We love playing at the beach and enjoying the ocean, and we also love learning about it. It turns out that there’s a lot more to know about the Science of Sand than we ever would have guessed!
To help us better understand the science of making sand castles, and to get smarter about healthy beaches and healthy oceans we have our very own literal "Professor of Sand”! Art Trembanis is a Professor of Oceanography at the University of Delaware, and is our go-to expert on all things sand, beach, and ocean. We invited him to start with the basics and tell us what sand really is!
Pufferfish: So, Prof. Art, first and foremost, what exactly is sand?
Prof. Art: Sand is primarily made of broken down fragments of rocks that have been weathered over an incredibly long time and transported to the beaches after a long journey from their original source high in the mountains. In the case of some coral beaches sand can come from parrotfish poop!
That’s right! Parrotfish (and other herbivorous fish) bite away fragments of coral and then poop out sand. The white sandy beaches of Hawaii for instance includes lots of sand made from parrotfish poop. Other beaches in Hawaii are famous for their green sands that are derived from a volcanic mineral called “olivine”.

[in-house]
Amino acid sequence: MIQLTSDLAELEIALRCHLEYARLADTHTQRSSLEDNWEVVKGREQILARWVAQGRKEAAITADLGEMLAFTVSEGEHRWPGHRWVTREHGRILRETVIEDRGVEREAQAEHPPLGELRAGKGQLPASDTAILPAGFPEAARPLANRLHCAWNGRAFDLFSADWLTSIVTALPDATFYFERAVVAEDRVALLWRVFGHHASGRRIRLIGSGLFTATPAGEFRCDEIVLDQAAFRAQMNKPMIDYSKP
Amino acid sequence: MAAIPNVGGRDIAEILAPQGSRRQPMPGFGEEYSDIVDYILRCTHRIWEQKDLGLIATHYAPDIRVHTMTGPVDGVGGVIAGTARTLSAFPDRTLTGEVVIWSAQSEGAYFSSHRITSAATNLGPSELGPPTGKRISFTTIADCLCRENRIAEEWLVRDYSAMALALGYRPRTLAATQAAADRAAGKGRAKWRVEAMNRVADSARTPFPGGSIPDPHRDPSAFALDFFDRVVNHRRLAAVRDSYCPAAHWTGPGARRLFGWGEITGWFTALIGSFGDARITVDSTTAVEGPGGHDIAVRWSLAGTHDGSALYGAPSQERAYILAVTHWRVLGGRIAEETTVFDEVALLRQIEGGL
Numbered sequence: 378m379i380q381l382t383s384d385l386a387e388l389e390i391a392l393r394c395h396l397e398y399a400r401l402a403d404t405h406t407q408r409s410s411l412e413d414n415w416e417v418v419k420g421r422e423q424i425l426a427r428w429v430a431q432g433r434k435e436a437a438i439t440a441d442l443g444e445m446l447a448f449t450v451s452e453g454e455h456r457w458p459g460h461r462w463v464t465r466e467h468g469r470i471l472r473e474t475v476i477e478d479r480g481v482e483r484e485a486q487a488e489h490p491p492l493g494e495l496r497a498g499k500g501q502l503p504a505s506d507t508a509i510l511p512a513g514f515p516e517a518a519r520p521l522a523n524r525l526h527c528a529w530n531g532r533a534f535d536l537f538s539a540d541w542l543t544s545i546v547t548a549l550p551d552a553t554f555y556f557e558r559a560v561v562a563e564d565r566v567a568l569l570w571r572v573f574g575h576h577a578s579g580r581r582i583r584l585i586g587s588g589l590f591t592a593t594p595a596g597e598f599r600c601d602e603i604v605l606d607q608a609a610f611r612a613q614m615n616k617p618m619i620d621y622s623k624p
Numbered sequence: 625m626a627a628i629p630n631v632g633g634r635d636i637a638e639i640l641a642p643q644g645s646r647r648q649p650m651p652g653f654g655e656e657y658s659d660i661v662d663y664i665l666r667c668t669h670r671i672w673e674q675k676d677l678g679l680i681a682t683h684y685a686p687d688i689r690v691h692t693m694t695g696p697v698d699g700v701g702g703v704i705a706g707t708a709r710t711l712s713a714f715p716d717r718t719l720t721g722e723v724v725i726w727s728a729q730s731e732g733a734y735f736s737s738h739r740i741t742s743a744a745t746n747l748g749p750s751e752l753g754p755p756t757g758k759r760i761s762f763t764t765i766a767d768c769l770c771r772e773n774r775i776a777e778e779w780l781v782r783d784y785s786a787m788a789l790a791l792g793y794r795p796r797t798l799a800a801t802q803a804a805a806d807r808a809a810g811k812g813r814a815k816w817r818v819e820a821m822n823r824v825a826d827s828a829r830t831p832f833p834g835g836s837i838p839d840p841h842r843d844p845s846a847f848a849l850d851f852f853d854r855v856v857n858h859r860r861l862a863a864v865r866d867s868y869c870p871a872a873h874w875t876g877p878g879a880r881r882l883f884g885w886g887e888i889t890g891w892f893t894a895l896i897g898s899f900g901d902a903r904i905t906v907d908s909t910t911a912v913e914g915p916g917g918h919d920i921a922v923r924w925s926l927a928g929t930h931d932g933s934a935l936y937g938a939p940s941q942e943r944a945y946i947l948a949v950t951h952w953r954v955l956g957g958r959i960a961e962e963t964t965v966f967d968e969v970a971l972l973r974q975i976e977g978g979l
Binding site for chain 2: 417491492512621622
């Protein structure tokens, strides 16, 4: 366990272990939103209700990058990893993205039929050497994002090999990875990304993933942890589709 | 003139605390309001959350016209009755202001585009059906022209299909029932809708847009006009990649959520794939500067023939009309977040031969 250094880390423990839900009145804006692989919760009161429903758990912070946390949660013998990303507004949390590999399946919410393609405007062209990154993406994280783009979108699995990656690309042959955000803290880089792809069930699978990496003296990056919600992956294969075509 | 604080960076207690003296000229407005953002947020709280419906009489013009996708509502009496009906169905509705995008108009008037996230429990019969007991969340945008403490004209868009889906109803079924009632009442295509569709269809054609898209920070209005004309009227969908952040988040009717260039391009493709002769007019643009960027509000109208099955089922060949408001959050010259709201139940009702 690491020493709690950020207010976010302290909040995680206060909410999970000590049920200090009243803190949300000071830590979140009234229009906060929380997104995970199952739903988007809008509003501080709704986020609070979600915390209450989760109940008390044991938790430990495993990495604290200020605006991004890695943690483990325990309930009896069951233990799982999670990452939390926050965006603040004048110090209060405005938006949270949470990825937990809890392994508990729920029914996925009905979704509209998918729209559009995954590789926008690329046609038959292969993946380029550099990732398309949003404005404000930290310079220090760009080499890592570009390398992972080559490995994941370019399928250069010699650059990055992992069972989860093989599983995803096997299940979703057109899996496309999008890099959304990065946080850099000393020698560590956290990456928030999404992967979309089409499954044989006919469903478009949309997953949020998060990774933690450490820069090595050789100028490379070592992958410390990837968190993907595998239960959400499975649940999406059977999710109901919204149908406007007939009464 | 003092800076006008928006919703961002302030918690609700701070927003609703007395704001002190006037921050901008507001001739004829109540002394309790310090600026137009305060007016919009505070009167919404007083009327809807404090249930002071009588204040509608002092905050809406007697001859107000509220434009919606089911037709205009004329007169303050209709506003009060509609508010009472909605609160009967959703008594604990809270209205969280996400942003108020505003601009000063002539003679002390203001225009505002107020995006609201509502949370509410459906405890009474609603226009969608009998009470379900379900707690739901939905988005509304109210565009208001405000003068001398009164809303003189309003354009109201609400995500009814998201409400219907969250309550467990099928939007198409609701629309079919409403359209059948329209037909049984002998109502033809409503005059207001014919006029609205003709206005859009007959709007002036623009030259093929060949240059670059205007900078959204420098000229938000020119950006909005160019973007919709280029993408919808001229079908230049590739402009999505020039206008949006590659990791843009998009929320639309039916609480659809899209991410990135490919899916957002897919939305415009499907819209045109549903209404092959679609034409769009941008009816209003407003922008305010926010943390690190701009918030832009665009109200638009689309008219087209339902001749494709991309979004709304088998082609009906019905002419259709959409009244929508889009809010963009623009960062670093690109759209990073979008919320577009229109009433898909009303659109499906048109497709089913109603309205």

So what makes it sand, not rock?
The size! As soon as it gets small enough, it’s considered sand. Sand can be made of almost anything as long as it’s small enough.
Well, sand is finer than gravel and coarser than silt. Does that help?
Scientists and engineers have established precise and standardized definitions for particles of different sizes and the agreed upon definition for sand is particles between 0.0625 millimeters to 2 millimeters. Even within the sand sizes there are further subdivisions from largest (very coarse), to coarse, to medium, to fine and finally to smallest (very fine) each with a defined interval.
Why make such a big deal about such a small thing (or small things)?
Because knowing the grain size is fundamental to understanding how the sand will behave and that’s the basis for building a great sand castle!
Thanks, Prof. Art!
Have other questions you'd like Professor Art to answer? Leave them in the comments below!
Want to know more about what sand is made of? This website for arenophiles (people who love sand) is a great place to start! Additionally here are 20 interesting facts about sand to help you amaze and astound your family and friends.